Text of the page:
Xcel’s ROE request is significant: it, alone, would increase Xcel’s gas rates by about 9 percent. The request is also bold. The company just agreed to its current ROE as part of a comprehensive and unanimous settlement agreement approved by the PUC last March—just eight months before the present case was filed. Plus, the PUC recently sent Xcel a strong message that a similar ROE request (in an Xcel electric rate case) was too high. In a June 2023 decision setting electric rates, the PUC rejected the company’s request for a 10.2 percent ROE and instead approved a 9.25 percent ROE. Xcel reacted strongly to this decision and appealed it to the Minnesota Court of Appeals. However, Xcel later dropped that aspect of its appeal. In light of these recent developments, Xcel now faces a heavy burden to demonstrate why such a large increase to its authorized ROE is warranted, and how the rate increase required to support it complies with Xcel’s obligation to charge rates that are just and reasonable.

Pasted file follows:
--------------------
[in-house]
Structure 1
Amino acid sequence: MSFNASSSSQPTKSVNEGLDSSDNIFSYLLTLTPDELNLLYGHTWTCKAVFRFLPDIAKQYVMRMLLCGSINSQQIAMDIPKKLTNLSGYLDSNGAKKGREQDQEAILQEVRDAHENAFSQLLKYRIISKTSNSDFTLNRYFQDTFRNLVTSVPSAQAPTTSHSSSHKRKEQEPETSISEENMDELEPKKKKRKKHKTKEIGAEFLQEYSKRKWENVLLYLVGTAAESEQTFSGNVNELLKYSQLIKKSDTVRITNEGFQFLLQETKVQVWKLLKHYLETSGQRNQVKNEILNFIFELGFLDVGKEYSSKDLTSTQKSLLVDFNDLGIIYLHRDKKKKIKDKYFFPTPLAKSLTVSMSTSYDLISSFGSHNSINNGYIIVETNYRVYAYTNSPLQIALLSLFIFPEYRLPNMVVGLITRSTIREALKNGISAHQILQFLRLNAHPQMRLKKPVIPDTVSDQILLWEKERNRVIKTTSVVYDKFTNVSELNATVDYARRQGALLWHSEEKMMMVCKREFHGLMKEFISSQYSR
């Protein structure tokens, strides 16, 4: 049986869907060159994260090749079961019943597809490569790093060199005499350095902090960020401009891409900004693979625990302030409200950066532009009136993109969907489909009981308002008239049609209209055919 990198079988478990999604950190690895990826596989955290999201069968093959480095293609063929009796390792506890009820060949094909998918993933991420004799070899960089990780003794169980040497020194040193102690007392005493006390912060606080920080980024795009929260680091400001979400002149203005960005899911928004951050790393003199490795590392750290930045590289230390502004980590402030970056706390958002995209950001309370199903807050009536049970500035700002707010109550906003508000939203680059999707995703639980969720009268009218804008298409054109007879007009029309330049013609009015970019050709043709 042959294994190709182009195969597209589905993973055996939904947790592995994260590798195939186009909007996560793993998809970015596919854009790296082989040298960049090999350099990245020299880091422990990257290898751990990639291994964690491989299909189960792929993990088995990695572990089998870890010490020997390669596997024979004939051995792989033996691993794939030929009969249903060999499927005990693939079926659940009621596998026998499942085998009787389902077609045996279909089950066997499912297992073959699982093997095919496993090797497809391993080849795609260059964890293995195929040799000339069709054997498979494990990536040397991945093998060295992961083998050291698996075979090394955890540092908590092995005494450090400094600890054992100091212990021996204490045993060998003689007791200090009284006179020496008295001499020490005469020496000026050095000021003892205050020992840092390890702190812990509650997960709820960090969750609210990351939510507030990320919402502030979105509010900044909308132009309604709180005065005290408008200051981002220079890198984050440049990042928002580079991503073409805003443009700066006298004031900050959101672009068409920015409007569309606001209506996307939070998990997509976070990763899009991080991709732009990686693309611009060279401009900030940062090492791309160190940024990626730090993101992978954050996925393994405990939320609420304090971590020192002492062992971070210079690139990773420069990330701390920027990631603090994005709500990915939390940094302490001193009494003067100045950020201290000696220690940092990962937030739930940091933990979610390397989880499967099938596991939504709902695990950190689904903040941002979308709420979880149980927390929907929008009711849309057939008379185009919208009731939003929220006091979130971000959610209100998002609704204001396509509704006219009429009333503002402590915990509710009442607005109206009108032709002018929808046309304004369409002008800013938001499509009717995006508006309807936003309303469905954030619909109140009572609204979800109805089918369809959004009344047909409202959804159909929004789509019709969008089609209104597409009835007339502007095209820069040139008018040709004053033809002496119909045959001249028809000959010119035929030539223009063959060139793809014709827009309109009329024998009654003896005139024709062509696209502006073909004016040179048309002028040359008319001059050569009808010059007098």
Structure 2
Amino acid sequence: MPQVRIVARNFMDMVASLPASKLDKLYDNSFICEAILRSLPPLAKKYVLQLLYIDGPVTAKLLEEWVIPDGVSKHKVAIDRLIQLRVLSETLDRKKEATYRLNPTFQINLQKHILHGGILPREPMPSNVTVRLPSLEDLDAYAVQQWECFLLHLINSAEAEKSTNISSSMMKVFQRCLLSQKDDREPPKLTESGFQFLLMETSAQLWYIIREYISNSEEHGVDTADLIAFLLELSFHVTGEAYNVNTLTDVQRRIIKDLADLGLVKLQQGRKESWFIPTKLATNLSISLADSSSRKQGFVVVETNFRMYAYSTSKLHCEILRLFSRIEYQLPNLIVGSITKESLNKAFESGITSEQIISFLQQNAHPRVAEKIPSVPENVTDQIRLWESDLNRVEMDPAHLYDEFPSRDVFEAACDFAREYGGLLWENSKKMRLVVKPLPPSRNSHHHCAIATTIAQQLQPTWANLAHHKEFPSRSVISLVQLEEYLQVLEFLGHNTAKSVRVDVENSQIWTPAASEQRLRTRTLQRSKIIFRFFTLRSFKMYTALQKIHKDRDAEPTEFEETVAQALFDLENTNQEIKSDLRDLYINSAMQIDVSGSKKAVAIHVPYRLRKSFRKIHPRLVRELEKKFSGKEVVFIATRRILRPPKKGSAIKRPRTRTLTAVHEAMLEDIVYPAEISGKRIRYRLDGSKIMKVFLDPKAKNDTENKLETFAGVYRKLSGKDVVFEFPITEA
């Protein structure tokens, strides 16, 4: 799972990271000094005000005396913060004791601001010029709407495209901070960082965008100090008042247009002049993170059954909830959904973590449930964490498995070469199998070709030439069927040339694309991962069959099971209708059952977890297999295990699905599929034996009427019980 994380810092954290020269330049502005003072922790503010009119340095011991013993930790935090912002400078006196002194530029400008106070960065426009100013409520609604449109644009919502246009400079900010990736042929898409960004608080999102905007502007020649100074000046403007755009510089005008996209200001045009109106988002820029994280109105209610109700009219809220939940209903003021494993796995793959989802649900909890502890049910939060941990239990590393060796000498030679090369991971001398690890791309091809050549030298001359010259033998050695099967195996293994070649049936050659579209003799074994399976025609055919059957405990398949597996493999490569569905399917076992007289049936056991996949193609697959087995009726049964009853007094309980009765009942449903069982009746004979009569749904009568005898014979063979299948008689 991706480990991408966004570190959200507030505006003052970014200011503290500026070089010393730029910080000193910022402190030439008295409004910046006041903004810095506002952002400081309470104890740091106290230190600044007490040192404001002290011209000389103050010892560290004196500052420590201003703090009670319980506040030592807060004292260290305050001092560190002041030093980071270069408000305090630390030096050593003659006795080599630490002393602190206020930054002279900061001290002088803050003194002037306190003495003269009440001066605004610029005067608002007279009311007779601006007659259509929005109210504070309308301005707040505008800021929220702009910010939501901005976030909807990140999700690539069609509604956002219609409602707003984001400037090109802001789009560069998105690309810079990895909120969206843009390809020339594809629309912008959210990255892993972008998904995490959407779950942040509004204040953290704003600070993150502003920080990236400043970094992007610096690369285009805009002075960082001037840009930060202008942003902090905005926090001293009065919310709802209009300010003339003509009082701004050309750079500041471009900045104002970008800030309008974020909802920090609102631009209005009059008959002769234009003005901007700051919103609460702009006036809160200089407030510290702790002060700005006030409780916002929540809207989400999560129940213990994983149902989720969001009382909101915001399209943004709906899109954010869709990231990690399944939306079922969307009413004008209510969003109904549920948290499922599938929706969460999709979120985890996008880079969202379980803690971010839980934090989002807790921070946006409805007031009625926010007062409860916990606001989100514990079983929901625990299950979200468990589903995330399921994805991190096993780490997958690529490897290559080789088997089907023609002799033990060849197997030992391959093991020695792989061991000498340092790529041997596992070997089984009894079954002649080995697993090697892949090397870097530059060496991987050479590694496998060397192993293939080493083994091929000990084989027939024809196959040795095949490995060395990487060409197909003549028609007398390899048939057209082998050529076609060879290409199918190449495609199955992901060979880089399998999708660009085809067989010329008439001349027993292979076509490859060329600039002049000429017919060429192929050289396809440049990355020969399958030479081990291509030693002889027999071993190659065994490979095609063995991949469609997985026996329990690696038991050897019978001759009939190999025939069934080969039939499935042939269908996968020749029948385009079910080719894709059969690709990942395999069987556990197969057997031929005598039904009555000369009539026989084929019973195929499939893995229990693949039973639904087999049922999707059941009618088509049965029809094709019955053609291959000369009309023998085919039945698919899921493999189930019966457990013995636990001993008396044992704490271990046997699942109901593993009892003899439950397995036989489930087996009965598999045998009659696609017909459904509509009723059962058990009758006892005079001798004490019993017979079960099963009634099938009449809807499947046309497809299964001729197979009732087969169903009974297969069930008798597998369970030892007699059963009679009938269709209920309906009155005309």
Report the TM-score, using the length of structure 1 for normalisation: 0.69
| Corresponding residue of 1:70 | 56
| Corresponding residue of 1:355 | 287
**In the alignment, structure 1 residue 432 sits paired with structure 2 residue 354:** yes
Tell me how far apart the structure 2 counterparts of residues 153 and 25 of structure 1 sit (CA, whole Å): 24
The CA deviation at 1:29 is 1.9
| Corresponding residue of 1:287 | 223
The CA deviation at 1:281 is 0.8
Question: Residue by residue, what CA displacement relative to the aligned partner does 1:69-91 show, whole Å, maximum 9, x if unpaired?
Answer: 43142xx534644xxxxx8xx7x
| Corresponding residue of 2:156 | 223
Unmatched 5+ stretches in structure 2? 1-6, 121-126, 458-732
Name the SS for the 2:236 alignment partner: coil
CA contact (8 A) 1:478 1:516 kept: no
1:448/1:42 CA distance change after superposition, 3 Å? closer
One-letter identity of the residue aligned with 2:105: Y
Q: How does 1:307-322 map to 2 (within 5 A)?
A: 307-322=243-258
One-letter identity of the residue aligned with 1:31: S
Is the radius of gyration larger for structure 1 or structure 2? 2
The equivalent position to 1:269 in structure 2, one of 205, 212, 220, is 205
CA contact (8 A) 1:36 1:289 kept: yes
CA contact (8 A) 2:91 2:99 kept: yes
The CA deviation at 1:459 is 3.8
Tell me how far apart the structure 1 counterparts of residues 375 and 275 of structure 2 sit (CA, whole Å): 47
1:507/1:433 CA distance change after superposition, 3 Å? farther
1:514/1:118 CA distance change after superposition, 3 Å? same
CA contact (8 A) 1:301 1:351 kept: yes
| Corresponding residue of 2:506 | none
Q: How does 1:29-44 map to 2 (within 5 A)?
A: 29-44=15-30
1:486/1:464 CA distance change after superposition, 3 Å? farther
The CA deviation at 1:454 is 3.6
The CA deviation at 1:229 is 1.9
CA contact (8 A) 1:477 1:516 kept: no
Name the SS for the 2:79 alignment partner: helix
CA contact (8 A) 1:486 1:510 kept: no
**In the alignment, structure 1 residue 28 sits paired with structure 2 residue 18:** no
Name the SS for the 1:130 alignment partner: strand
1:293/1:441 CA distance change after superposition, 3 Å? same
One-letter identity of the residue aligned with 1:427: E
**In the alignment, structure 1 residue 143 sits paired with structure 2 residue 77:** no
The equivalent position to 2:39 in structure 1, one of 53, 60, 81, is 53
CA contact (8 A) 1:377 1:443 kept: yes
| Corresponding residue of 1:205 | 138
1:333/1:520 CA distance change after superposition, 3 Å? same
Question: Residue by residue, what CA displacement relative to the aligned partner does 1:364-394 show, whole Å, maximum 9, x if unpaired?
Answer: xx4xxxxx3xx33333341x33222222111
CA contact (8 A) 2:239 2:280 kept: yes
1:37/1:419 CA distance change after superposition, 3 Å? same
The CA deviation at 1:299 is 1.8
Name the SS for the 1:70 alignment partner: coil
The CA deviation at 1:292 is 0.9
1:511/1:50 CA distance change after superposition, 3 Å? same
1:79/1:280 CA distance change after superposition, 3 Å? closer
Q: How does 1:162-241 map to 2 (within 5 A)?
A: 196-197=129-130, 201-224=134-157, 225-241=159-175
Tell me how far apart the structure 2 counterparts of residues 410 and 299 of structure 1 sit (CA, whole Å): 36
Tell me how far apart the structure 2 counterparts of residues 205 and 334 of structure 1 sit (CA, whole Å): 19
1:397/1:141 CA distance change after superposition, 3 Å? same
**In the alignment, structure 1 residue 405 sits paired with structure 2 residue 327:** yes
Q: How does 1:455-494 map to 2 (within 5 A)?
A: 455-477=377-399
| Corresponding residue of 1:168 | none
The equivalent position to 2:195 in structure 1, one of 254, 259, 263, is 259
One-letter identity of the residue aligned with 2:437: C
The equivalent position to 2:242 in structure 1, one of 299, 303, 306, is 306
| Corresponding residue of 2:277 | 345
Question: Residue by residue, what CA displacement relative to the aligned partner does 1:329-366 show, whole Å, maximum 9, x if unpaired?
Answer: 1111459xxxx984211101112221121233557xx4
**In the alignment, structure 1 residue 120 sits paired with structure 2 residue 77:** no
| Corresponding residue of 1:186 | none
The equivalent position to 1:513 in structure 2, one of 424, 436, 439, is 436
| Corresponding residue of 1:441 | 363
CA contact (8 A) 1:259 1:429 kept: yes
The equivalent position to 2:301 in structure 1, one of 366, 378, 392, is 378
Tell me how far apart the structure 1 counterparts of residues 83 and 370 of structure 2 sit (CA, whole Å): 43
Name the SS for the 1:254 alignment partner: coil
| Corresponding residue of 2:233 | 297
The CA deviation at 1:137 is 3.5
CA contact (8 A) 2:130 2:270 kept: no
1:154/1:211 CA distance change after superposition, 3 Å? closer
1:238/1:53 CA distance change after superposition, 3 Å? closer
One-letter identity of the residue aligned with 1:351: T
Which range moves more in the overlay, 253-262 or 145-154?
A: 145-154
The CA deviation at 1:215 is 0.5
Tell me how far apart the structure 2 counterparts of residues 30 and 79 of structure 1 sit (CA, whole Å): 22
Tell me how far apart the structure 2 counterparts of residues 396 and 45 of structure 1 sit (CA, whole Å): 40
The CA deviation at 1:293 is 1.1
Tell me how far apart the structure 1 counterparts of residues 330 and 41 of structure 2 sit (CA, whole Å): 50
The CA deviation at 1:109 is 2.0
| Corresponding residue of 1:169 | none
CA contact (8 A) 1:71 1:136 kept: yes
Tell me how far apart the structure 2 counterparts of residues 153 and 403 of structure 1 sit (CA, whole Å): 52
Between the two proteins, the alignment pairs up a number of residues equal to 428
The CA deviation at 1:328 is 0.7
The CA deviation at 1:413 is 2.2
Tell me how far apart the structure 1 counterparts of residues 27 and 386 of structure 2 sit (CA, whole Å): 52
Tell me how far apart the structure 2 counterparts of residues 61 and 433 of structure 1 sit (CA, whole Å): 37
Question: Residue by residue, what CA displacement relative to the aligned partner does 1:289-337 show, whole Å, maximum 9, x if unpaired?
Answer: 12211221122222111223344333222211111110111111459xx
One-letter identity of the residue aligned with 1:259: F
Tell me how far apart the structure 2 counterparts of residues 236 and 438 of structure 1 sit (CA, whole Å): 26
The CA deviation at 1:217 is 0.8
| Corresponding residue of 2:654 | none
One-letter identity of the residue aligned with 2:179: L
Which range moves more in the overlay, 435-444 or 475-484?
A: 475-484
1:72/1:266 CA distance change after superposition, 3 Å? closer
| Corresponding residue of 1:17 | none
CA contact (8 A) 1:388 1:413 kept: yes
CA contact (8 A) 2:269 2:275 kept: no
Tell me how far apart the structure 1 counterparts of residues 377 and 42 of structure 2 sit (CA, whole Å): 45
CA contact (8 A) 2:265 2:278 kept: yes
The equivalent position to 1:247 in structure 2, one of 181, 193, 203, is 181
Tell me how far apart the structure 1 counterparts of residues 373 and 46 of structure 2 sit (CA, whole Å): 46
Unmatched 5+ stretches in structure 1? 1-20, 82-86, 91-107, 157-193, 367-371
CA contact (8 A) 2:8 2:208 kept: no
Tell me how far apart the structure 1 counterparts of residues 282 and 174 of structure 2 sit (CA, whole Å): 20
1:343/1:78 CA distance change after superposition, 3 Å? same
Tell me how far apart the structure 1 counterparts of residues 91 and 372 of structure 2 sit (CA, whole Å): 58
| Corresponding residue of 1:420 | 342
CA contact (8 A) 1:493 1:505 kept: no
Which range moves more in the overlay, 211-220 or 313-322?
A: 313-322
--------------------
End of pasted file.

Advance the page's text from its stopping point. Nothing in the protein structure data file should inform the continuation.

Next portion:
CUB hired an expert witness to push back on Xcel’s gas ROE request—Dr. Steve Kihm, who also assisted us in Xcel’s last electric rate case. Through his testimony and analysis, Dr. Kihm shows that Xcel’s requested ROE is far higher than is reasonable or necessary for Xcel to provide safe and reliable service. He also shows that Xcel’s request perpetuates an unfortunate pattern of utilities requesting unreasonably inflated ROEs based on an illogical application of finance principles. Dr. Kihm recommends that, instead of a 10.2 percent ROE, a more reasonable ROE for Xcel would be in the 9.0 to 9.4 percent range – a reduction, rather than an increase. We are very confident in Dr. Kihm’s recommendation and analysis and look forward to seeing how it impacts the PUC’s decision. 


Xcel should not be permitted to recover membership dues in certain trade associations 


Xcel also seeks to charge customers for the dues it pays to certain membership-based trade associations. Xcel again has the burden to show why charging customers for its trade association dues is reasonable. Though utilities commonly request recovery of these expenses in rate cases, the PUC does not always permit that recovery—particularly when dues payments support lobbying efforts or other political activities more likely to be in the utility’s (or gas industry’s) interest than ratepayers’ interest.  Some state legislatures have banned (or are working on banning) utilities from charging ratepayers for these types of expenses.